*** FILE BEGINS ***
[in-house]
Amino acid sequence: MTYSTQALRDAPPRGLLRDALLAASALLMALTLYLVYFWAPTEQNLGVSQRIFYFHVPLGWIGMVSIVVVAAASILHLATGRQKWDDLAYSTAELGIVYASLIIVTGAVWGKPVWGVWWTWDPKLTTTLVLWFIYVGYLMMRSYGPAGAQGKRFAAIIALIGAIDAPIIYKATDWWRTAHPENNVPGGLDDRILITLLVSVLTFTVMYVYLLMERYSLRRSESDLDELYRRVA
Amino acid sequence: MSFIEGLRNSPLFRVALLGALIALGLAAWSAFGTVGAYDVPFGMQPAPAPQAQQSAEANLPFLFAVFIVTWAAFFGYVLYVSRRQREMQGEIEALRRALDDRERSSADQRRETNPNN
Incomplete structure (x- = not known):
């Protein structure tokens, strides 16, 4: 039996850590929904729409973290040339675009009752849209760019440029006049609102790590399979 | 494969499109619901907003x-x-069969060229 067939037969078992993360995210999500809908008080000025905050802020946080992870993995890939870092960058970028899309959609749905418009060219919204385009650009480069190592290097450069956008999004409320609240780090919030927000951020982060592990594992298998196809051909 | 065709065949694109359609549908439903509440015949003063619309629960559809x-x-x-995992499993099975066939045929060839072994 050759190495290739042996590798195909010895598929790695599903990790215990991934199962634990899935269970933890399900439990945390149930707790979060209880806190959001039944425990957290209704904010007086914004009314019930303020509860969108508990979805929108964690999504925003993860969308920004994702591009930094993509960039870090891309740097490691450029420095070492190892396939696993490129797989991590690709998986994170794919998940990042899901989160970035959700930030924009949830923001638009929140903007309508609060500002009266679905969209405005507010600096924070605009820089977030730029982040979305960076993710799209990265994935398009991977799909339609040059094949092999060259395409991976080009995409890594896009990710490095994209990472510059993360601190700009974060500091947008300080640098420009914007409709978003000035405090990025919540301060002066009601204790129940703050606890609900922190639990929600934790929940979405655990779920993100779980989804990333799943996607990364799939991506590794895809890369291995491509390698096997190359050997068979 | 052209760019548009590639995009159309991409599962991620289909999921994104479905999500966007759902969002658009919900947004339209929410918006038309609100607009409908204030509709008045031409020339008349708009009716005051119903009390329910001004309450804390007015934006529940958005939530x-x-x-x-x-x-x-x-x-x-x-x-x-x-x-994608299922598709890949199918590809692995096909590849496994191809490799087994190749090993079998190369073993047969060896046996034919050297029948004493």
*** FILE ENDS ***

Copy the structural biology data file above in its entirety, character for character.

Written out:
[in-house]
Amino acid sequence: MTYSTQALRDAPPRGLLRDALLAASALLMALTLYLVYFWAPTEQNLGVSQRIFYFHVPLGWIGMVSIVVVAAASILHLATGRQKWDDLAYSTAELGIVYASLIIVTGAVWGKPVWGVWWTWDPKLTTTLVLWFIYVGYLMMRSYGPAGAQGKRFAAIIALIGAIDAPIIYKATDWWRTAHPENNVPGGLDDRILITLLVSVLTFTVMYVYLLMERYSLRRSESDLDELYRRVA
Amino acid sequence: MSFIEGLRNSPLFRVALLGALIALGLAAWSAFGTVGAYDVPFGMQPAPAPQAQQSAEANLPFLFAVFIVTWAAFFGYVLYVSRRQREMQGEIEALRRALDDRERSSADQRRETNPNN
Incomplete structure (x- = not known):
């Protein structure tokens, strides 16, 4: 039996850590929904729409973290040339675009009752849209760019440029006049609102790590399979 | 494969499109619901907003x-x-069969060229 067939037969078992993360995210999500809908008080000025905050802020946080992870993995890939870092960058970028899309959609749905418009060219919204385009650009480069190592290097450069956008999004409320609240780090919030927000951020982060592990594992298998196809051909 | 065709065949694109359609549908439903509440015949003063619309629960559809x-x-x-995992499993099975066939045929060839072994 050759190495290739042996590798195909010895598929790695599903990790215990991934199962634990899935269970933890399900439990945390149930707790979060209880806190959001039944425990957290209704904010007086914004009314019930303020509860969108508990979805929108964690999504925003993860969308920004994702591009930094993509960039870090891309740097490691450029420095070492190892396939696993490129797989991590690709998986994170794919998940990042899901989160970035959700930030924009949830923001638009929140903007309508609060500002009266679905969209405005507010600096924070605009820089977030730029982040979305960076993710799209990265994935398009991977799909339609040059094949092999060259395409991976080009995409890594896009990710490095994209990472510059993360601190700009974060500091947008300080640098420009914007409709978003000035405090990025919540301060002066009601204790129940703050606890609900922190639990929600934790929940979405655990779920993100779980989804990333799943996607990364799939991506590794895809890369291995491509390698096997190359050997068979 | 052209760019548009590639995009159309991409599962991620289909999921994104479905999500966007759902969002658009919900947004339209929410918006038309609100607009409908204030509709008045031409020339008349708009009716005051119903009390329910001004309450804390007015934006529940958005939530x-x-x-x-x-x-x-x-x-x-x-x-x-x-x-994608299922598709890949199918590809692995096909590849496994191809490799087994190749090993079998190369073993047969060896046996034919050297029948004493």